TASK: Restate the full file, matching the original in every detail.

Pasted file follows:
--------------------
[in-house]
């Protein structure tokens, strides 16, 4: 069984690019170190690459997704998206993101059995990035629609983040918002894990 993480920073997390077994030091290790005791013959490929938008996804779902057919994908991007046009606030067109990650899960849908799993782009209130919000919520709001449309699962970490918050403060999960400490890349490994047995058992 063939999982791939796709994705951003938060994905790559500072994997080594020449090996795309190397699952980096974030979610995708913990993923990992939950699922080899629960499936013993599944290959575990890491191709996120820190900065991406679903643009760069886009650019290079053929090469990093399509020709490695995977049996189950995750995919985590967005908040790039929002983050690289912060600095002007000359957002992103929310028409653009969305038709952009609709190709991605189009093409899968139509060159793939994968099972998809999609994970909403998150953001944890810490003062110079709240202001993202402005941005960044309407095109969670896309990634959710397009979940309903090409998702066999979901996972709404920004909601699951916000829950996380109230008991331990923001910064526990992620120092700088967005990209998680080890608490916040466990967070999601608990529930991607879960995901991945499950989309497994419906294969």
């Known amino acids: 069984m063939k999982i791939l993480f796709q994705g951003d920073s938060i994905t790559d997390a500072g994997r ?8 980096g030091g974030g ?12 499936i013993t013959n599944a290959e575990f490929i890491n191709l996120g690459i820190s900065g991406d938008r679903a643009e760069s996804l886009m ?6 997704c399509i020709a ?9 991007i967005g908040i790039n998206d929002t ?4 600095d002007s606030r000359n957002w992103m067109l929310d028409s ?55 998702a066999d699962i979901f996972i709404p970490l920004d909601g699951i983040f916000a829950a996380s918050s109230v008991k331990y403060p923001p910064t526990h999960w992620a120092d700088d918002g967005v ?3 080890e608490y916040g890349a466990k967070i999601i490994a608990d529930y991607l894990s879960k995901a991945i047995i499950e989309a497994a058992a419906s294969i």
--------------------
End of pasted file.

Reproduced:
[in-house]
């Protein structure tokens, strides 16, 4: 069984690019170190690459997704998206993101059995990035629609983040918002894990 993480920073997390077994030091290790005791013959490929938008996804779902057919994908991007046009606030067109990650899960849908799993782009209130919000919520709001449309699962970490918050403060999960400490890349490994047995058992 063939999982791939796709994705951003938060994905790559500072994997080594020449090996795309190397699952980096974030979610995708913990993923990992939950699922080899629960499936013993599944290959575990890491191709996120820190900065991406679903643009760069886009650019290079053929090469990093399509020709490695995977049996189950995750995919985590967005908040790039929002983050690289912060600095002007000359957002992103929310028409653009969305038709952009609709190709991605189009093409899968139509060159793939994968099972998809999609994970909403998150953001944890810490003062110079709240202001993202402005941005960044309407095109969670896309990634959710397009979940309903090409998702066999979901996972709404920004909601699951916000829950996380109230008991331990923001910064526990992620120092700088967005990209998680080890608490916040466990967070999601608990529930991607879960995901991945499950989309497994419906294969």
């Known amino acids: 069984m063939k999982i791939l993480f796709q994705g951003d920073s938060i994905t790559d997390a500072g994997r ?8 980096g030091g974030g ?12 499936i013993t013959n599944a290959e575990f490929i890491n191709l996120g690459i820190s900065g991406d938008r679903a643009e760069s996804l886009m ?6 997704c399509i020709a ?9 991007i967005g908040i790039n998206d929002t ?4 600095d002007s606030r000359n957002w992103m067109l929310d028409s ?55 998702a066999d699962i979901f996972i709404p970490l920004d909601g699951i983040f916000a829950a996380s918050s109230v008991k331990y403060p923001p910064t526990h999960w992620a120092d700088d918002g967005v ?3 080890e608490y916040g890349a466990k967070i999601i490994a608990d529930y991607l894990s879960k995901a991945i047995i499950e989309a497994a058992a419906s294969i």